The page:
Here comes the collegiate 

61235_1461294064791_4775810_n

I was really just a freshman trying to survive dorm life. What are your goals freshman year? First off, survive — college is hard and is a huge transition. Stay healthy and sane. Next, find at least one club/extracurricular that you are passionate about. It doesn’t have to be medically related!! Second, start volunteering and stay consistent {and pro-tip keep track of all your hours, they ask this on your app}! This will help you out junior year when you are freaking out about your med school app, trust me. Sophomore year? Begin to expand your #bosslady and #futuredoc community. Join a medically-related community. That could mean pre-med club, a research position or start a pre-med frat like me. See these lovely ladies below? Both attending medical school at Wayne & Loyola. They are both huge parts of my success within college. I cannot express how important a support system is at basically every point in your life. Lastly, start thinking about applying to medical school. I said think, calm down. Just try to begin talking about what things you need to apply {classes, letters, MCAT, etc}. When do you want to take the MCAT? Are you considering a gap year? All good things to start getting in motion.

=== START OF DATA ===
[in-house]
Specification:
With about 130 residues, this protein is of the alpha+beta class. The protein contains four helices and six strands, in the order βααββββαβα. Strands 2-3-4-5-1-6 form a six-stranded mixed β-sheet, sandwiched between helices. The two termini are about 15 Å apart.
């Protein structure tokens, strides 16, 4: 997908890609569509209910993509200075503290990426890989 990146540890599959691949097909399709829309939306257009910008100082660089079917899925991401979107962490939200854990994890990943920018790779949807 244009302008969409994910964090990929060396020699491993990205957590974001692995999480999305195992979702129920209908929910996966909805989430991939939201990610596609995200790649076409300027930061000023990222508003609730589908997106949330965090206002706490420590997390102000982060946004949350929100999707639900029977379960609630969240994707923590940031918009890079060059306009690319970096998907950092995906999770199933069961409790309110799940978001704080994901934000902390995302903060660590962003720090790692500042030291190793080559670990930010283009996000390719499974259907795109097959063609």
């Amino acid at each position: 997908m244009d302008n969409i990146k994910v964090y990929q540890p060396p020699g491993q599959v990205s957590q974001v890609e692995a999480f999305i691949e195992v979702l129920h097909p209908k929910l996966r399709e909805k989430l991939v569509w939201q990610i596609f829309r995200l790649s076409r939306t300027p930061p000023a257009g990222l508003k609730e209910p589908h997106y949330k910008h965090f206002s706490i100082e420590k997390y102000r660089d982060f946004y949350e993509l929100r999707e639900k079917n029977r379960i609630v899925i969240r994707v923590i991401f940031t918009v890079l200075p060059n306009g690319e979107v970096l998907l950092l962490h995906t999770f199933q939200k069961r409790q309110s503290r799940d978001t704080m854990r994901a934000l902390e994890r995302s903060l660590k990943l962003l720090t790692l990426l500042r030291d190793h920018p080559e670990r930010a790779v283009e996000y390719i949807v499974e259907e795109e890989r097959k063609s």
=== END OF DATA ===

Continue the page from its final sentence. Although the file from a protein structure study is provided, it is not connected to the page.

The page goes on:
10246322_10154038195475106_669234852008580641_n (1)
36624_2101416421357_850962730_n

Junior year, this is a big one. For me junior year brought a lot of my hard-core science classes I needed for medical school. Do well in these courses and maintain a good gpa. Hammer down your plans for studying for the MCAT and applying to medical school, especially if you don’t want to take a gap year like me. Make sure you have a good advisor and are continuing to do all the right things — volunteer, shadow, get letters of rec, etc. A good advisor can REALLY help you out. Also, start saving money for those expensive applications. {sorry, reality sucks}.